Thomas Powles, MBBS, MRCP, MD, discusses the rationale to evaluate circulating tumor DNA in high-risk muscle-invasive bladder cancer.
Thomas Powles, MBBS, MRCP, MD, director, Barts Cancer Institute, discusses the rationale to evaluate circulating tumor DNA (ctDNA) in high-risk muscle-invasive bladder cancer.
It is known that patients with high-risk muscle-invasive bladder cancer have about a 50% chance of dying as a result of relapse following radical cystectomy, says Powles. As such, developing strategies to identify which patients are likely to benefit from therapy, as well as who is likely to relapse following surgery is an important area of ongoing research.
Results of the phase 3 IMvigor010 trial failed to show an improvement in disease-free survival with atezolizumab (Tecentriq) compared with observation in patients with high-risk muscle-invasive bladder cancer who recently underwent radical cystectomy or nephroureterectomy with lymph node dissection, says Powles.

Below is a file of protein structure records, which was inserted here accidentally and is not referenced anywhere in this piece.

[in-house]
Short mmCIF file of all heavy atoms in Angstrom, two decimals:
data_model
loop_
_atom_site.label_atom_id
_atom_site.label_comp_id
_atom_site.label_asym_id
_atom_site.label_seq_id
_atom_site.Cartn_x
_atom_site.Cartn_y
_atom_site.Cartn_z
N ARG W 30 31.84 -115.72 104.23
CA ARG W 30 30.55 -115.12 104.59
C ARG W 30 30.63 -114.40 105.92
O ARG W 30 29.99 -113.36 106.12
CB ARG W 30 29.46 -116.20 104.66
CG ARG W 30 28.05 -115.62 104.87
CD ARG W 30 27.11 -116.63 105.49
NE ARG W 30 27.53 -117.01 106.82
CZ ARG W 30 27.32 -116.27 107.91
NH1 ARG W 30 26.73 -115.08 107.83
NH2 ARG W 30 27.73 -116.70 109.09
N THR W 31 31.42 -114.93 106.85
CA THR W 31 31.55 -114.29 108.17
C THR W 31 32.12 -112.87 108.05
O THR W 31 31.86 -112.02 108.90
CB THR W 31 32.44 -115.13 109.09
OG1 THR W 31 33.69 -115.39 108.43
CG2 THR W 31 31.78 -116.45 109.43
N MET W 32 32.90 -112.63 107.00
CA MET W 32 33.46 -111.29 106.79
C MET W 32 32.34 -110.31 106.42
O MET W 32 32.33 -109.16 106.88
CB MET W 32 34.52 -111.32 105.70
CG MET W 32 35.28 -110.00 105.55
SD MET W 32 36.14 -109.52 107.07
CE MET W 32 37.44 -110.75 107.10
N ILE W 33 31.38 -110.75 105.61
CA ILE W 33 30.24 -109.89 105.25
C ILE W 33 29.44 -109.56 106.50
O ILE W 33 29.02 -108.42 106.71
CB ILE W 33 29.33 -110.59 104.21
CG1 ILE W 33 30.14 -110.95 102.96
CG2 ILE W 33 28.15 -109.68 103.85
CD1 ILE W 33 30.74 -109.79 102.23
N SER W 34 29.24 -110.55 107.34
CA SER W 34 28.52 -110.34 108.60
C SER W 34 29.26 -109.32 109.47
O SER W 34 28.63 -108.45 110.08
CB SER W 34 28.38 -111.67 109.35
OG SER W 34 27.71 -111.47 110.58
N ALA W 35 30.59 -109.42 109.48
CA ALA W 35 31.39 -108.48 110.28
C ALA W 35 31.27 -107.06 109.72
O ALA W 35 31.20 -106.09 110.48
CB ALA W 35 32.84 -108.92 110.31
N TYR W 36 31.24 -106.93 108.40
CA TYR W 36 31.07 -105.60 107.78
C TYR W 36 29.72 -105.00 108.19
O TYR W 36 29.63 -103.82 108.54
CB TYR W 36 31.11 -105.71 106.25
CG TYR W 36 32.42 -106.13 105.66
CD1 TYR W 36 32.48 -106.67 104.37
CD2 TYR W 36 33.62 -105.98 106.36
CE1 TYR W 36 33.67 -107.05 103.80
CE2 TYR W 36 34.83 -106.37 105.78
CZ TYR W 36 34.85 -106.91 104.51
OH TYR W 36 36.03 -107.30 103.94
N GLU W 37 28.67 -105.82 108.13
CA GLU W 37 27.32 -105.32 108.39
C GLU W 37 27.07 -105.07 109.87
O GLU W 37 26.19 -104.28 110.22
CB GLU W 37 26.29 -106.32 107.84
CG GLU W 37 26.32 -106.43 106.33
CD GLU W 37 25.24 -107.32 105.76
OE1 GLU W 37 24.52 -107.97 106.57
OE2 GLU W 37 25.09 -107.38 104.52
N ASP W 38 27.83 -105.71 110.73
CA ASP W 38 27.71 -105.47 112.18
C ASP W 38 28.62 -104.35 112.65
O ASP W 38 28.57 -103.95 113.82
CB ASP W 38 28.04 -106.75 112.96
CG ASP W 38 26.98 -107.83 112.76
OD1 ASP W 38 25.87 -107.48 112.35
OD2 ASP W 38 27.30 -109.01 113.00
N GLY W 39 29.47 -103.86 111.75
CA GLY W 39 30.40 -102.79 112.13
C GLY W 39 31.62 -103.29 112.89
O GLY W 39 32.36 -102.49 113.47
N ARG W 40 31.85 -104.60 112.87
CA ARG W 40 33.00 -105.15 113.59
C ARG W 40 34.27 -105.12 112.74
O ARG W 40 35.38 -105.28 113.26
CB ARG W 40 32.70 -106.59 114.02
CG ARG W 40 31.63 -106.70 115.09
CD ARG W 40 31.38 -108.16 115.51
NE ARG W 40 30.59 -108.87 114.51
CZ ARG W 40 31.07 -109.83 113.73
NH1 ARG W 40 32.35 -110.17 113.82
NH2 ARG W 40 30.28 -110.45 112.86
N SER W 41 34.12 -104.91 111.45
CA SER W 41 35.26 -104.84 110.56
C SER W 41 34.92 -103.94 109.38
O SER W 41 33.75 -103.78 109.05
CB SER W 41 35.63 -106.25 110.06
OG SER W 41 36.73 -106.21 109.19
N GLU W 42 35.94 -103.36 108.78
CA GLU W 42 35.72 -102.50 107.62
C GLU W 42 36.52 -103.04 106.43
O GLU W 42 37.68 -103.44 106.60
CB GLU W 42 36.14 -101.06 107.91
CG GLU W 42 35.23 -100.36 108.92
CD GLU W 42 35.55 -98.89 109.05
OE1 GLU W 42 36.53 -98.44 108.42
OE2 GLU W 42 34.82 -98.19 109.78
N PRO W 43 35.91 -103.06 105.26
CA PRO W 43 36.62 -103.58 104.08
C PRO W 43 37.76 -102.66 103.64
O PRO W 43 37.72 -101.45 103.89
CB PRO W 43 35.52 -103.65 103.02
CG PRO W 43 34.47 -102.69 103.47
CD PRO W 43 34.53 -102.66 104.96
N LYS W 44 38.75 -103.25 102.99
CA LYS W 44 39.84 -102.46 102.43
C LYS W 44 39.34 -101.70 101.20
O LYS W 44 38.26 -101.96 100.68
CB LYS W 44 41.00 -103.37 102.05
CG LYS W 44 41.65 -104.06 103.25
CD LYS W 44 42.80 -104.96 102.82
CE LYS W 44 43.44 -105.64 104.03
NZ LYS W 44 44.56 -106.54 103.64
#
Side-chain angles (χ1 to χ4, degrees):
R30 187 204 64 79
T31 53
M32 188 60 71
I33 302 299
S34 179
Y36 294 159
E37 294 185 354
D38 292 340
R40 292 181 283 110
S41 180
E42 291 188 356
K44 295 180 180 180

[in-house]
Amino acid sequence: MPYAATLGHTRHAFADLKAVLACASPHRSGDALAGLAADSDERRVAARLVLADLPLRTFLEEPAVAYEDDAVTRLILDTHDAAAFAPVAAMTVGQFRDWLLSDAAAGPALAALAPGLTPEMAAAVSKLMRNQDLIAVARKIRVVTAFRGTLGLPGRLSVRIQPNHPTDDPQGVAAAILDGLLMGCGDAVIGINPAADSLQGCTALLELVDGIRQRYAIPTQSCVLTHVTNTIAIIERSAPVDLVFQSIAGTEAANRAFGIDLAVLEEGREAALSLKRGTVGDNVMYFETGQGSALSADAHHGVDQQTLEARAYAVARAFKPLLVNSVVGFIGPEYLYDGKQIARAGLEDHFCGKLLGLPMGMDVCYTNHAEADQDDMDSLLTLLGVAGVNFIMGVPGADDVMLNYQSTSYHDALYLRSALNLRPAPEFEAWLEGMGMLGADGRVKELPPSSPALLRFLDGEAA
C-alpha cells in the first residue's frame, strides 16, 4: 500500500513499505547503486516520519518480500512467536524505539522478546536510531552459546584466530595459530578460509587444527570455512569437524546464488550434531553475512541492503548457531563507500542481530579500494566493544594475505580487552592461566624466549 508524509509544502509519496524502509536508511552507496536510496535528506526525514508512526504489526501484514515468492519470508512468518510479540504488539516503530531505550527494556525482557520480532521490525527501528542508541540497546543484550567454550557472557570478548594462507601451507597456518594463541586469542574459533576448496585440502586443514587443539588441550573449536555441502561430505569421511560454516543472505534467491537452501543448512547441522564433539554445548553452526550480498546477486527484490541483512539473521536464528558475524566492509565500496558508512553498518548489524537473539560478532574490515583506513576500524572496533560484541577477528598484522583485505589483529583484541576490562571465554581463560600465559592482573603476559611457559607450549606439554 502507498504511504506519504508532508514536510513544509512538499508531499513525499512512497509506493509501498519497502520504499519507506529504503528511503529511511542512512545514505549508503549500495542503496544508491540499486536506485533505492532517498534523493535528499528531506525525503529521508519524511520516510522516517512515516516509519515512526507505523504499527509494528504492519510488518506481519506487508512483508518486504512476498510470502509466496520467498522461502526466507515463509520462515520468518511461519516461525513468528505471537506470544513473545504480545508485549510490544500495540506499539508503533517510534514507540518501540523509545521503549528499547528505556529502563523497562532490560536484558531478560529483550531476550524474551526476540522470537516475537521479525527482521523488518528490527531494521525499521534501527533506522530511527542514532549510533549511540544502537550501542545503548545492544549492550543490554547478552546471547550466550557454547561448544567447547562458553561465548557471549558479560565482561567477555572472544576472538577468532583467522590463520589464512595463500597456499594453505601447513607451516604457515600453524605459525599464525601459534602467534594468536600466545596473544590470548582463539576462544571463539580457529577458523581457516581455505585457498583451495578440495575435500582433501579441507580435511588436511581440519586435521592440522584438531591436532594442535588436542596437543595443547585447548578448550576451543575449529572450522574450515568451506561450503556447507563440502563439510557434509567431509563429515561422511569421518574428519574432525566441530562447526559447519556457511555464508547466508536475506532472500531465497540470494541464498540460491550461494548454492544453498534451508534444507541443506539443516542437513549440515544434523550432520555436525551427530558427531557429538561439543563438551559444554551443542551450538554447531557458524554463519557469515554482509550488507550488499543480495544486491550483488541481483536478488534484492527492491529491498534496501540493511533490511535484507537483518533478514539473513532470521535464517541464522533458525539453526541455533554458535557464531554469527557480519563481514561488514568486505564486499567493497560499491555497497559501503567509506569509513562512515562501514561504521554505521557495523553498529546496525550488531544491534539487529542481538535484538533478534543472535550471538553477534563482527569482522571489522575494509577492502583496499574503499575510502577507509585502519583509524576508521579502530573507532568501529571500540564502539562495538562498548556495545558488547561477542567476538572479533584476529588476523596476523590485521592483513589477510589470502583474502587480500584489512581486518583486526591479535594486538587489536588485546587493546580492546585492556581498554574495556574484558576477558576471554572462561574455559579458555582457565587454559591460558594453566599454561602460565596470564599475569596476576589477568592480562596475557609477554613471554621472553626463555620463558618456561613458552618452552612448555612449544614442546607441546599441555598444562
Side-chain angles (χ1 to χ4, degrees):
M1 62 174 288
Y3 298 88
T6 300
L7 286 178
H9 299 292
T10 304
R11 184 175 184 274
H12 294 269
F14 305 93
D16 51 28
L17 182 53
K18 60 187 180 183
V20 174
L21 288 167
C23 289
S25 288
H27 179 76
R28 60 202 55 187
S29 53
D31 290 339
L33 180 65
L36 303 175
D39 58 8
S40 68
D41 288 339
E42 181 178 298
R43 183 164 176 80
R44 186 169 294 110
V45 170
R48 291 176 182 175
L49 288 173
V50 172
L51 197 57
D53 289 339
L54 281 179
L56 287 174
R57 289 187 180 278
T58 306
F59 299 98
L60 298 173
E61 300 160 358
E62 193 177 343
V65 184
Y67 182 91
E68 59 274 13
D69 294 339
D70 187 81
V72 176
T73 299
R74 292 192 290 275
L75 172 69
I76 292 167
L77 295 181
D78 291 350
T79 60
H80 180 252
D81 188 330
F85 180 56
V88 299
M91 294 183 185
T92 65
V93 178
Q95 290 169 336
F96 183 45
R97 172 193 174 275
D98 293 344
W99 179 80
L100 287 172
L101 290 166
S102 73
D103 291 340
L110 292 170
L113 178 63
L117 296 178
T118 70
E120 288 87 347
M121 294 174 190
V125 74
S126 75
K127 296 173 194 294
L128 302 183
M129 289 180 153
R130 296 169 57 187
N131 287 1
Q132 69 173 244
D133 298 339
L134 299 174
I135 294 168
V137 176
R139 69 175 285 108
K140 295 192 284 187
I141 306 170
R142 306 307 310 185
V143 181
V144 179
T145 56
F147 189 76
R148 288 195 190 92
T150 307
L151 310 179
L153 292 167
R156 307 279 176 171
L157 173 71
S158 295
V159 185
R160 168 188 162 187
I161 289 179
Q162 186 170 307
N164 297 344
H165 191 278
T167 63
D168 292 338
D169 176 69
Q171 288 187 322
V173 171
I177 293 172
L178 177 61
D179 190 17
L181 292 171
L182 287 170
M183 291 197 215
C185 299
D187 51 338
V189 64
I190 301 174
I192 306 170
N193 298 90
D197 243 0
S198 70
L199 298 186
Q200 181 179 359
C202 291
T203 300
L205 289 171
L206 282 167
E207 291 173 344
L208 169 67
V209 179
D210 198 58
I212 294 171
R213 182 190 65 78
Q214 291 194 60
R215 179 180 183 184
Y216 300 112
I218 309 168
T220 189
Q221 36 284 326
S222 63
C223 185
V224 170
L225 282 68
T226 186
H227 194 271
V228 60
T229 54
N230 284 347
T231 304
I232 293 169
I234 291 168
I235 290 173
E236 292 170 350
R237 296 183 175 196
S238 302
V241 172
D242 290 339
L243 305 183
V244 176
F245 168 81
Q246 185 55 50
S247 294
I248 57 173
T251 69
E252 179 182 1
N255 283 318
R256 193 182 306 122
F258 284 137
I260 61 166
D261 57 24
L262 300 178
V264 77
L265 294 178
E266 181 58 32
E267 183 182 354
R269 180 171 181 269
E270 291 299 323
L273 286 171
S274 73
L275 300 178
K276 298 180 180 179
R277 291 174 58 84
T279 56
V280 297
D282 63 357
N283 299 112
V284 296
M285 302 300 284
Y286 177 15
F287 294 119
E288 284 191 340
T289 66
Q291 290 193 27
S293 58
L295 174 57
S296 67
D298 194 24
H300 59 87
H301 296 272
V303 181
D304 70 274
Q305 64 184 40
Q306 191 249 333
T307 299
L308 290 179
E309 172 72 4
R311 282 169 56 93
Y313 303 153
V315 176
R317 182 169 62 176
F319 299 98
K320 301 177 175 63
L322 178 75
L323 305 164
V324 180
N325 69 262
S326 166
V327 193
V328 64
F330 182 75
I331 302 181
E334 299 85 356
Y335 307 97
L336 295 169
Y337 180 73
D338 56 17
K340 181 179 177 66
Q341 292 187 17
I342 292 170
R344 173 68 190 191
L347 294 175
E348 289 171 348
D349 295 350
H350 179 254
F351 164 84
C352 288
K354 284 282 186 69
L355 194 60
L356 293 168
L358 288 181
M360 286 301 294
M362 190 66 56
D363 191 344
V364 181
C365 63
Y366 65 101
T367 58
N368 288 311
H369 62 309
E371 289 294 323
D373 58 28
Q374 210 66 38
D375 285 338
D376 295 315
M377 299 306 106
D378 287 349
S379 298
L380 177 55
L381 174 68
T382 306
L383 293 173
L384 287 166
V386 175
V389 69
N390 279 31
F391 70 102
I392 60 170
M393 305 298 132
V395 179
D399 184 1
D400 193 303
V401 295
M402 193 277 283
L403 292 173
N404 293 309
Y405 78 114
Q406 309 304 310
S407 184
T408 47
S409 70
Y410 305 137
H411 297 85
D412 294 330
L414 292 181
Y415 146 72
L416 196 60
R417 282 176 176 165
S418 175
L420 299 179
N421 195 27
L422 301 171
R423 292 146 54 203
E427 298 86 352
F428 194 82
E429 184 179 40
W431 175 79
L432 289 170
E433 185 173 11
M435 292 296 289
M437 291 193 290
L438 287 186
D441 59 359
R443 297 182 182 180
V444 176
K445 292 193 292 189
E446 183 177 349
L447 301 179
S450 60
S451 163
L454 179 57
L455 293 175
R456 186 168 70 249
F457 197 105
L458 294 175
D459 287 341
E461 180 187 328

During the 2020 ESMO Immuno-Oncology Virtual Congress, findings from an analysis of the trial showed that patients with ctDNA-positive disease were significantly more likely to relapse compared with those with ctDNA-negative disease, indicating that ctDNA can be used as a prognostic biomarker.
Taken together, it was noted that intervening with atezolizumab did not benefit the intent-to-treat patient population. Additionally, ctDNA may represent a better biomarker than PD-L1 expression and tumor mutational burden, which did not aid in identifying which patients were likely to benefit from atezolizumab, concludes Powles.